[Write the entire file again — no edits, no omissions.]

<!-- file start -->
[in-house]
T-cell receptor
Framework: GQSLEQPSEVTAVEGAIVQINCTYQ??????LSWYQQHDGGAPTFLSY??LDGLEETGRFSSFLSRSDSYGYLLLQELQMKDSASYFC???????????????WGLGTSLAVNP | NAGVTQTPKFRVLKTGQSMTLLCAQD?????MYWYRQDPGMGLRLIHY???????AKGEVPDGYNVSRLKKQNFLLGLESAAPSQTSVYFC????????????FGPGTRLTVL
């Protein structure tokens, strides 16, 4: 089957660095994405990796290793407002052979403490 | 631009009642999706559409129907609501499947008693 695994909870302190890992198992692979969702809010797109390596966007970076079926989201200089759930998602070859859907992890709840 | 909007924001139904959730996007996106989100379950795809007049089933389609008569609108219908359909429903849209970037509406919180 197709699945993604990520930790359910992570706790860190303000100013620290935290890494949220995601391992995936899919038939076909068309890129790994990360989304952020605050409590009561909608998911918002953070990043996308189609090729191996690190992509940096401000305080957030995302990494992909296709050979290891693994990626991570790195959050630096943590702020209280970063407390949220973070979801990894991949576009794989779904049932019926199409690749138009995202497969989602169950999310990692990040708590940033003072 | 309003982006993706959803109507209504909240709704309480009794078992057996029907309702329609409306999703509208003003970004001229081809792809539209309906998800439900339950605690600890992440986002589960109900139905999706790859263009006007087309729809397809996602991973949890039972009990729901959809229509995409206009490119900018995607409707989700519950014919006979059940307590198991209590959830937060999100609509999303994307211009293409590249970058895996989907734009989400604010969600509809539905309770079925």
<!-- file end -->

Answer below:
[in-house]
T-cell receptor
Framework: GQSLEQPSEVTAVEGAIVQINCTYQ??????LSWYQQHDGGAPTFLSY??LDGLEETGRFSSFLSRSDSYGYLLLQELQMKDSASYFC???????????????WGLGTSLAVNP | NAGVTQTPKFRVLKTGQSMTLLCAQD?????MYWYRQDPGMGLRLIHY???????AKGEVPDGYNVSRLKKQNFLLGLESAAPSQTSVYFC????????????FGPGTRLTVL
């Protein structure tokens, strides 16, 4: 089957660095994405990796290793407002052979403490 | 631009009642999706559409129907609501499947008693 695994909870302190890992198992692979969702809010797109390596966007970076079926989201200089759930998602070859859907992890709840 | 909007924001139904959730996007996106989100379950795809007049089933389609008569609108219908359909429903849209970037509406919180 197709699945993604990520930790359910992570706790860190303000100013620290935290890494949220995601391992995936899919038939076909068309890129790994990360989304952020605050409590009561909608998911918002953070990043996308189609090729191996690190992509940096401000305080957030995302990494992909296709050979290891693994990626991570790195959050630096943590702020209280970063407390949220973070979801990894991949576009794989779904049932019926199409690749138009995202497969989602169950999310990692990040708590940033003072 | 309003982006993706959803109507209504909240709704309480009794078992057996029907309702329609409306999703509208003003970004001229081809792809539209309906998800439900339950605690600890992440986002589960109900139905999706790859263009006007087309729809397809996602991973949890039972009990729901959809229509995409206009490119900018995607409707989700519950014919006979059940307590198991209590959830937060999100609509999303994307211009293409590249970058895996989907734009989400604010969600509809539905309770079925």